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Published by the Freedom From Religion Foundation, Inc.

5th place: College essay contest — Ashley Huh

Ashley Huh

FFRF awarded Ashley $1,500.

By Ashley Huh

“I pray you die before you turn away from God!” “I pray your life falls apart and you face every struggle necessary to bring you into submission to God!” 

Those are phrases that I thought I’d never hear coming from my father. They deeply wounded me, sending me into a panic attack with painful, temporary paralysis that I was treated for in an emergency room in 2021. Those abusive words marked the decision to finally turn away from believing in a god to believing in myself. 

As early as the age of 4, I trusted in the Christian God, Jesus, to carry me through my life. He earned the money I made and the grades I studied for. He owned the brain I had and the emotions and intelligence I possessed. It was made clear to me that my body was not my own and my accomplishments were his. This affected my mental health negatively since the age of 16, coincidentally, the age I was baptized. I was depressed, lonely and ashamed of myself for having doubts. I needed a way out.

During deconstruction, many verses in the bible plagued me on my journey to believing in myself. An excerpt from John 15:5 specifically haunted me: “Apart from me, you can do nothing.” To me, this was a challenge to prove to myself that I am the writer of my own story and that I am responsible for my accomplishments. 

One year ago, I vowed to never pray for help again. I have found trust in myself after deconstructing, taking antidepressants and expressing myself through clothing and piercings. I have overcome anxiety, depression and shame by finally loving myself enough to trust my judgment and intuition. This past spring semester, I passed five STEM classes, four of which were upper-level mathematics. I cried from pure joy on May 16. I had succeeded in school on my own, without a single prayer being uttered from my lips. In the past, this would not have been possible without nights of prayer in tears on my bedroom floor and “speaking in tongues” at my Pentecostal church.

In the same way as I was held back by my belief in God, society is also held back.

Roe v. Wade has been overturned. This raises the question: What human rights are next on the agenda for religious politicians? Banning birth control, taking away the ability for a woman to have an education, career, and vote, stripping LGBT+ rights, and banning gay marriage all come to mind. We are moving backward as a society.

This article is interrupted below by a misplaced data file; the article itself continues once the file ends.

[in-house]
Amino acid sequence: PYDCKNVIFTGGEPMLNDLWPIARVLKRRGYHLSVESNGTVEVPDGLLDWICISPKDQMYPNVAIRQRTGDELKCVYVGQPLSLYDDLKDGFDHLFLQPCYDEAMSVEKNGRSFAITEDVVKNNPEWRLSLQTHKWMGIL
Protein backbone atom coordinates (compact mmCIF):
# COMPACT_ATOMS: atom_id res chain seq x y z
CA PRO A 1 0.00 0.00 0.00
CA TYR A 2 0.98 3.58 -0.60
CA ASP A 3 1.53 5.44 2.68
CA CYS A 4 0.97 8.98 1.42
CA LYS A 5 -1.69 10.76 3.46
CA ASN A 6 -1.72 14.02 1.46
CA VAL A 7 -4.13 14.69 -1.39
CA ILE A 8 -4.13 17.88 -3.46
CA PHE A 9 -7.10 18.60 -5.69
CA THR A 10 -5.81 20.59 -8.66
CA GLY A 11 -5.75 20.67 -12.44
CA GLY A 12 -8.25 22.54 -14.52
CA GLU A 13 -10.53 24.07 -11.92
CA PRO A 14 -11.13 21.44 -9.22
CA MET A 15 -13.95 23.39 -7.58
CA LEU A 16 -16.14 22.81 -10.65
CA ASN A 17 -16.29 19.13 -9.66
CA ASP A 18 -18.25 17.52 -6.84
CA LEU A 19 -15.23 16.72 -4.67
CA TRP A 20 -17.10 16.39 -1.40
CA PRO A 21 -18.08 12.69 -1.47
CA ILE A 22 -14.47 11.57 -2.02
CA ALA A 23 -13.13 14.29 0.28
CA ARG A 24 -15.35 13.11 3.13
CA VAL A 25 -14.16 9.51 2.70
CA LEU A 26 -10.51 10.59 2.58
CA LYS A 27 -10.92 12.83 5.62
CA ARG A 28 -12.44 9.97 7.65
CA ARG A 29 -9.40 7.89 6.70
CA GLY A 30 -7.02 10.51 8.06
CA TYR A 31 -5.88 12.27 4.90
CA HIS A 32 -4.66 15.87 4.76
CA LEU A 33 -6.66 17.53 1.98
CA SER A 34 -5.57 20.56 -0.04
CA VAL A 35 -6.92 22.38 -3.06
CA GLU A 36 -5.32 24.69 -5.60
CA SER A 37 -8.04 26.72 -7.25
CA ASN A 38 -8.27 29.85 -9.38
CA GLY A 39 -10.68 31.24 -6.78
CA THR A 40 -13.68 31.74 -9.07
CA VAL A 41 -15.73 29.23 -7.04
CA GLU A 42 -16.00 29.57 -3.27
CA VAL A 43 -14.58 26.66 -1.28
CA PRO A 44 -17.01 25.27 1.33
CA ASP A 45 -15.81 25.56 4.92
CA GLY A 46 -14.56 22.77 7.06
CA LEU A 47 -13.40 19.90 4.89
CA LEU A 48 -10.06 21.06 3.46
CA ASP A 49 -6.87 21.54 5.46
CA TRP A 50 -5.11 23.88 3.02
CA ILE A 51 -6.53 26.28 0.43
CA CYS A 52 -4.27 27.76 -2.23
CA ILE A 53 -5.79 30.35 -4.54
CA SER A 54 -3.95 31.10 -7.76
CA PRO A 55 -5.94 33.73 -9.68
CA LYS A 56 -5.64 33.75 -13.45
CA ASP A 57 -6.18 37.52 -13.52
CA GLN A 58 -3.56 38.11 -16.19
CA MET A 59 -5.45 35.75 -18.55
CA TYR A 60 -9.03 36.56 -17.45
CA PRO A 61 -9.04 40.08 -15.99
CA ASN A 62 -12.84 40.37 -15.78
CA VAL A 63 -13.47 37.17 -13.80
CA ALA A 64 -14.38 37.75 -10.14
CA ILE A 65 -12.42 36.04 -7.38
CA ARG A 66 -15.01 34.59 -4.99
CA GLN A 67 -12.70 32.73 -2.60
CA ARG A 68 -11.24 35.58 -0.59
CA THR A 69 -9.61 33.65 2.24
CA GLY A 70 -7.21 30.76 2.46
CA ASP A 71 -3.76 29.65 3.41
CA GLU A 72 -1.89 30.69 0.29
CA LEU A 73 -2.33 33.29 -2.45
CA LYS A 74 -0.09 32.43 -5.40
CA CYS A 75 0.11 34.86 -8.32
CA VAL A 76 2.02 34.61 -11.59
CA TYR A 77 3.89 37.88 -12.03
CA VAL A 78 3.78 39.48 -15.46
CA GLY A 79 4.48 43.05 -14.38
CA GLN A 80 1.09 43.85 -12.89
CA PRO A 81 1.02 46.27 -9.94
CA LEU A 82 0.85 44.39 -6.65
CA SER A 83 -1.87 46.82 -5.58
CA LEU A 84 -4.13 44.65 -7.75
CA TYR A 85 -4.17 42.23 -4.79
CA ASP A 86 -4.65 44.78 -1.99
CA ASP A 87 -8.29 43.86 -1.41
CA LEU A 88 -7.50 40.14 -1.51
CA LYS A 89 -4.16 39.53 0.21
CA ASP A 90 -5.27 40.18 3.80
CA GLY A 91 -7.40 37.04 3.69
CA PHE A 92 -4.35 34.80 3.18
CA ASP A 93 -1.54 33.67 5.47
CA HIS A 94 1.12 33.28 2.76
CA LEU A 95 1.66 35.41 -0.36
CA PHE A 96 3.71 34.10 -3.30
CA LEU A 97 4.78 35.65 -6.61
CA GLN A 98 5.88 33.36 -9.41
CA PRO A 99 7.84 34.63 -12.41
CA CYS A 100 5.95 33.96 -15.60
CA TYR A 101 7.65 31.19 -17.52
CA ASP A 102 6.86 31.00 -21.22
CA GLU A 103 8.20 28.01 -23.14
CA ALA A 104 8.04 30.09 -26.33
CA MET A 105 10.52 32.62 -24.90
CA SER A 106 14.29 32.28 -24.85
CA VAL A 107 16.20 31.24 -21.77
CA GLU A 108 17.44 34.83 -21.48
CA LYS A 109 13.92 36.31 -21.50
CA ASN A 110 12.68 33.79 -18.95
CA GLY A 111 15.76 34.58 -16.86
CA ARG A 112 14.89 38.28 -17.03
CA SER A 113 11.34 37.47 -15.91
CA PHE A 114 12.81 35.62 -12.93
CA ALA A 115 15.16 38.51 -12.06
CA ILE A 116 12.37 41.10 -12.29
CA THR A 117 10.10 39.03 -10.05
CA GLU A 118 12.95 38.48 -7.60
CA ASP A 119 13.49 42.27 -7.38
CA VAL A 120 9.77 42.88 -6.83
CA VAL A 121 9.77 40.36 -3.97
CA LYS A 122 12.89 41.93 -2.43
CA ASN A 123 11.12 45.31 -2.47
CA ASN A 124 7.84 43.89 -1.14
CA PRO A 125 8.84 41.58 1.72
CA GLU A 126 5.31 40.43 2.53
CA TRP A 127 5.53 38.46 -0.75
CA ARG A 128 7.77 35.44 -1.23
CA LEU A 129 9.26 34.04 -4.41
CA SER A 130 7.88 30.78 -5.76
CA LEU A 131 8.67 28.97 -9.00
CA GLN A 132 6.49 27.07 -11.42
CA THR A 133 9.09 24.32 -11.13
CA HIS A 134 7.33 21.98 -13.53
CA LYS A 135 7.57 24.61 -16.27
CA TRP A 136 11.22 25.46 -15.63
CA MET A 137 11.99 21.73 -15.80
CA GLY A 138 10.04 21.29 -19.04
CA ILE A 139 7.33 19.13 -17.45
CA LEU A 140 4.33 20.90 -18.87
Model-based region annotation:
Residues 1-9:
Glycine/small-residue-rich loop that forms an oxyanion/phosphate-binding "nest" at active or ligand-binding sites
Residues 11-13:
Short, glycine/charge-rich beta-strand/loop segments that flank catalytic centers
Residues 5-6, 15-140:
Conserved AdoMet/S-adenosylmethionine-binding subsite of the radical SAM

To quote Blaise Pascal, “Men never do evil so completely and cheerfully as when they do it from religious conviction.” The world would have fewer wars and strife, abuse, and turmoil if humankind believed in itself. Instead, by believing in a god, everyone is turned against each other. Men against women, heterosexuals against homosexuals, children against adults, religion against religion.

I believe the most damaging part of all is that a religion’s evil against others is considered justified because a certain holy book of one’s choosing says it is righteous. Faith in a god also undermines science, promotes holy wars like the Crusades and the war in Iraq, promotes terrorist groups like al-Qaida and QAnon, reduces women to baby-making machines with no right to family planning, and destroys the Earth. 

The Earth is going uncared for due to the religious imposing their harmful “dominion” and “afterlife” views on the government. Why care for the world when the religious are required to dominate it and simply return to their home in the sky once it is destroyed? All religious beliefs have contributed to a toxic society and future for our children. Trusting in a deity is harmful, but by believing in oneself we can bring about peace, which will in turn promote the advancement of society.

Ashley, 22, is a senior at the University of Houston, majoring in mathematics-data science and computer science. “For the past two years, I have struggled with being accepted by my strict, Pentecostal family,” she writes. “I have faced opposition from my father in the form of no financial and emotional aid. This has shaped me into who I am and I have come out stronger for it.”